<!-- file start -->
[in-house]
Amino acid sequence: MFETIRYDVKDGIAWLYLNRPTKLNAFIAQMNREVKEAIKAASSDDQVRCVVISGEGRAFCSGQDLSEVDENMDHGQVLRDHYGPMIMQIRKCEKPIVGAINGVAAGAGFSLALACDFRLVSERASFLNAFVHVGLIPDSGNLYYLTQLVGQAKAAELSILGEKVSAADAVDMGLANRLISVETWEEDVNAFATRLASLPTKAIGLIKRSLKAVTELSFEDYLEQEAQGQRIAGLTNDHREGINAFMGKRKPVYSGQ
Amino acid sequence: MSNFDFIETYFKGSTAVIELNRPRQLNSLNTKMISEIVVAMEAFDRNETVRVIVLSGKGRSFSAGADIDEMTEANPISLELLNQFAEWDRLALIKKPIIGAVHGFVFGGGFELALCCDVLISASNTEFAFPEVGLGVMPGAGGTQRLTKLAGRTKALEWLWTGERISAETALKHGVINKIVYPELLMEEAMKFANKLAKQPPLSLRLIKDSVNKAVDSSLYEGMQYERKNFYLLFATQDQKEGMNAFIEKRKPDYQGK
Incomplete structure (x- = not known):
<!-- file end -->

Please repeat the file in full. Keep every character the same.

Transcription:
[in-house]
Amino acid sequence: MFETIRYDVKDGIAWLYLNRPTKLNAFIAQMNREVKEAIKAASSDDQVRCVVISGEGRAFCSGQDLSEVDENMDHGQVLRDHYGPMIMQIRKCEKPIVGAINGVAAGAGFSLALACDFRLVSERASFLNAFVHVGLIPDSGNLYYLTQLVGQAKAAELSILGEKVSAADAVDMGLANRLISVETWEEDVNAFATRLASLPTKAIGLIKRSLKAVTELSFEDYLEQEAQGQRIAGLTNDHREGINAFMGKRKPVYSGQ
Amino acid sequence: MSNFDFIETYFKGSTAVIELNRPRQLNSLNTKMISEIVVAMEAFDRNETVRVIVLSGKGRSFSAGADIDEMTEANPISLELLNQFAEWDRLALIKKPIIGAVHGFVFGGGFELALCCDVLISASNTEFAFPEVGLGVMPGAGGTQRLTKLAGRTKALEWLWTGERISAETALKHGVINKIVYPELLMEEAMKFANKLAKQPPLSLRLIKDSVNKAVDSSLYEGMQYERKNFYLLFATQDQKEGMNAFIEKRKPDYQGK
Incomplete structure (x- = not known):